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vote. in order to placate the right of the republican conference, but putting something in the underlying budget that could provoke a shutdown? that's something that the republicans don't want to talk about. >> let's look at the mood of the american people. is tht worst congress in your lifetime, 65% say yes. there's a great vote of approval. do you approve of how congress is handling its job? 83% of americans disapprove. who are americans going to vote for in november, republicans have an advantage on the generic ballot. if that holds up with the republicans ahead that tells you they're going to keep the house and i think if those numbers hold up on election day, they get the senate. >> it seems like a good analysis to me. i take these numbers with a little bit of a grain of salt when people complain about politicians. i think that kind of cynicism has been around for a long time and it's always worse when the economy is worse and when times are bad and when people don't trust the president. and voters are being realistic. objectively this isn't a great congress, they don't get anything done and they're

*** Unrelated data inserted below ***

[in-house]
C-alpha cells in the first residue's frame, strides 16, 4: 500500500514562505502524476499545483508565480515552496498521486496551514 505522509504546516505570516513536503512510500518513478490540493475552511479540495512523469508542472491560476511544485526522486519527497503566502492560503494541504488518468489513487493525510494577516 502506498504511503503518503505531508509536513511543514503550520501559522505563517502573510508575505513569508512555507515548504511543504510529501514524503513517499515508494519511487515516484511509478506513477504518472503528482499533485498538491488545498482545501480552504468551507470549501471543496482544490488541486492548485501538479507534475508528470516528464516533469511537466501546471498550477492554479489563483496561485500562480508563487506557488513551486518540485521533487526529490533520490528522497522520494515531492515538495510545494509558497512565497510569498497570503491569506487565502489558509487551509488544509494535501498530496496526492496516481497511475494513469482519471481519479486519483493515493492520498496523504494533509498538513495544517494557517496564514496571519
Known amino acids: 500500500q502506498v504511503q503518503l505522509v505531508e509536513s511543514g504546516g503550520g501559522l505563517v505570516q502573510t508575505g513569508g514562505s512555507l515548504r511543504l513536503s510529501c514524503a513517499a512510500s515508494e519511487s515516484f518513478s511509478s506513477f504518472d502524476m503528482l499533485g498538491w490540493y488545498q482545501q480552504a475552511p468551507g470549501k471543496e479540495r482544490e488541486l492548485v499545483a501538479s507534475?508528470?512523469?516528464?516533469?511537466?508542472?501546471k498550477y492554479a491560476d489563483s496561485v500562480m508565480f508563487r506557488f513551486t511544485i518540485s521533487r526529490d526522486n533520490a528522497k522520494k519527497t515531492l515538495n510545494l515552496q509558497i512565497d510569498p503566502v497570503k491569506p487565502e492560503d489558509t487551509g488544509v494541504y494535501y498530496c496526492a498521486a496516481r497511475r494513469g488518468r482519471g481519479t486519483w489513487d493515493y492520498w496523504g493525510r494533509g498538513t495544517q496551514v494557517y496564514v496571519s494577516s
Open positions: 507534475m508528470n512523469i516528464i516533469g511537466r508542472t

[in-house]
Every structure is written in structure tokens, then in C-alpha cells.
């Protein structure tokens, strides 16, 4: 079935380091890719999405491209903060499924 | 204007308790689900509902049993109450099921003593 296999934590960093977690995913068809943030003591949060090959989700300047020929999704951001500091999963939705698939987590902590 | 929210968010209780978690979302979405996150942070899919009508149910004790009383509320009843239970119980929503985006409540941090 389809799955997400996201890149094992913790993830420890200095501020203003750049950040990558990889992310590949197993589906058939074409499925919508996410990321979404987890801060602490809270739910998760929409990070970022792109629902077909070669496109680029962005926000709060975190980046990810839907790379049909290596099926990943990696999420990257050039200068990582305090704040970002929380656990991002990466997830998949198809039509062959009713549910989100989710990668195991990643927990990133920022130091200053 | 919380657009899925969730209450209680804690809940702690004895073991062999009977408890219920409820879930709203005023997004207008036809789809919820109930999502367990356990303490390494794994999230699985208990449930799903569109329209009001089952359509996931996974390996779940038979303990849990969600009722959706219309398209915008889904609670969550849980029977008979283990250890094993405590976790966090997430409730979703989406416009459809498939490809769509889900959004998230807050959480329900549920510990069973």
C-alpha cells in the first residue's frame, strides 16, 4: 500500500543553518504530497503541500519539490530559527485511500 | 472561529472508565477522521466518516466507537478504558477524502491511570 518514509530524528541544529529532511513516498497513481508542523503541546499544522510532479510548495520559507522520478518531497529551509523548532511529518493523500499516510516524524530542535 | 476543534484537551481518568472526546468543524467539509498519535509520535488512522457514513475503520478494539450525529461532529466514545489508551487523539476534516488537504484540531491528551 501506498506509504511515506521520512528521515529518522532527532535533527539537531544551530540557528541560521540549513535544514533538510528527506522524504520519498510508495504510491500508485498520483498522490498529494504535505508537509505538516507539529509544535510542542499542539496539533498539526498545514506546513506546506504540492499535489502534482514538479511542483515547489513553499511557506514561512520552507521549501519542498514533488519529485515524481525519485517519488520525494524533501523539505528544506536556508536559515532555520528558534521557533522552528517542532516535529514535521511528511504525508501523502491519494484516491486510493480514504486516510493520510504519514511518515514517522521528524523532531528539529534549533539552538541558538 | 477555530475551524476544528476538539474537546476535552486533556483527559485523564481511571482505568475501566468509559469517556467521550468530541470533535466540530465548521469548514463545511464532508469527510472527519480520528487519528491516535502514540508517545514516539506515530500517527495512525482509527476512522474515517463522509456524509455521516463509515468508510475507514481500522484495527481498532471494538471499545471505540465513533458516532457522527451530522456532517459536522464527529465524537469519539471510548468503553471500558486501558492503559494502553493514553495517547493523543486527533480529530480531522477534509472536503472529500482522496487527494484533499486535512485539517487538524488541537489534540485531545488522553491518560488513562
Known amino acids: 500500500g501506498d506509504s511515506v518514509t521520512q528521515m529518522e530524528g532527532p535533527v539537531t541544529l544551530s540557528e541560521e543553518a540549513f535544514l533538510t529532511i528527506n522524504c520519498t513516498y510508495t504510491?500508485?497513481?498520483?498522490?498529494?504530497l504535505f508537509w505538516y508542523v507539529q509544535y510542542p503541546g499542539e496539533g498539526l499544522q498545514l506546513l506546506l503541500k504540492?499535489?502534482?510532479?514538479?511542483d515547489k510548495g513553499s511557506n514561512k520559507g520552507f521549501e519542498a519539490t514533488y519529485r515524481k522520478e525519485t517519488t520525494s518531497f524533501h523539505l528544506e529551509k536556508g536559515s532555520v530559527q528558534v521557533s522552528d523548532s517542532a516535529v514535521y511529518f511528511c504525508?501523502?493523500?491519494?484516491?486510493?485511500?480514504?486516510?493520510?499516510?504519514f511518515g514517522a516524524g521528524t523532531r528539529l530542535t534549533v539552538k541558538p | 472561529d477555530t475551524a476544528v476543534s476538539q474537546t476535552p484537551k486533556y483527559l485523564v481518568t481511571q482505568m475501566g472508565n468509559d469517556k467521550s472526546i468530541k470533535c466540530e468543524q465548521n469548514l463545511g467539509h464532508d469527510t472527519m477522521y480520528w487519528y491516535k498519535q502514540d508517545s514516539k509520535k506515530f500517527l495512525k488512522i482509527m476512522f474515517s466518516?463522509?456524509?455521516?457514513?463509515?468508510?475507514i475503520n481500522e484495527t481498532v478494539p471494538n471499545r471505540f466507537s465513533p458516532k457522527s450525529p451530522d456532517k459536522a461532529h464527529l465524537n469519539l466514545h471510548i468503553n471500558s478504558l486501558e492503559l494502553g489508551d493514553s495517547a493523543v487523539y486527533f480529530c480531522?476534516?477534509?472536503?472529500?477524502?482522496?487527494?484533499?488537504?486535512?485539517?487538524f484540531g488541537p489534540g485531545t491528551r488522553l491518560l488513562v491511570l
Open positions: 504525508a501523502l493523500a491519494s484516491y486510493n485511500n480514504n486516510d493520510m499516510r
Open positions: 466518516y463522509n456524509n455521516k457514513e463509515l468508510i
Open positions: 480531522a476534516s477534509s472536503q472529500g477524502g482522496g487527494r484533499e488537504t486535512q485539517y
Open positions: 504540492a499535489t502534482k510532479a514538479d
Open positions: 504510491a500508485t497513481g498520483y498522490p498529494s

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hopelessly gridlocked. >> an example in massachusetts last night. a democrat, iraq war veteran, he beats john tierney, a veteran democratic incumbent by running on that point, saying this congress is useless, i know you're mad at this congress, you can't just blame the republicans, let's kick some of the veteran democrats out and start a conversation. how much do you make of that? >> i think there are specific circumstances to that race. such as tireny's wife wife was implicated in a tax scandal involving an offshore betting ring that led to tierney's problems. but the issue of voters wanting change is significant, throwing out an incumbent who has been around for 18 years is something that all incumbents are worried about. voters are tired of what you're seeing in washington, if you're an incumbent who is running, you'll have to worry about that feeling on the ground. >> only the fourth, the fourth incumbent, first democrat,
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fourth incumbent to lose this year. >> well that's the primary. >> just the primaries. >> chris, election day, a little less than eight weeks away, we'll see if more incumbents get their walking papers, shall we say. >> all we want is for people to be active, and to vote their conscience, and drive the system, that's what they're supposed to do. another situation that's about popular outrage going on in ferguson, missouri, protesters just bombarded the city council meeting, and the message was very clear -- they've had it, they took over the meeting because of the michael brown shooting. we're going to take you inside the situation, when we come back. ♪ over 12,000 financial advisors. so, how are things? good, good. nearly $800 billion dollars in assets under care. let me just put this away.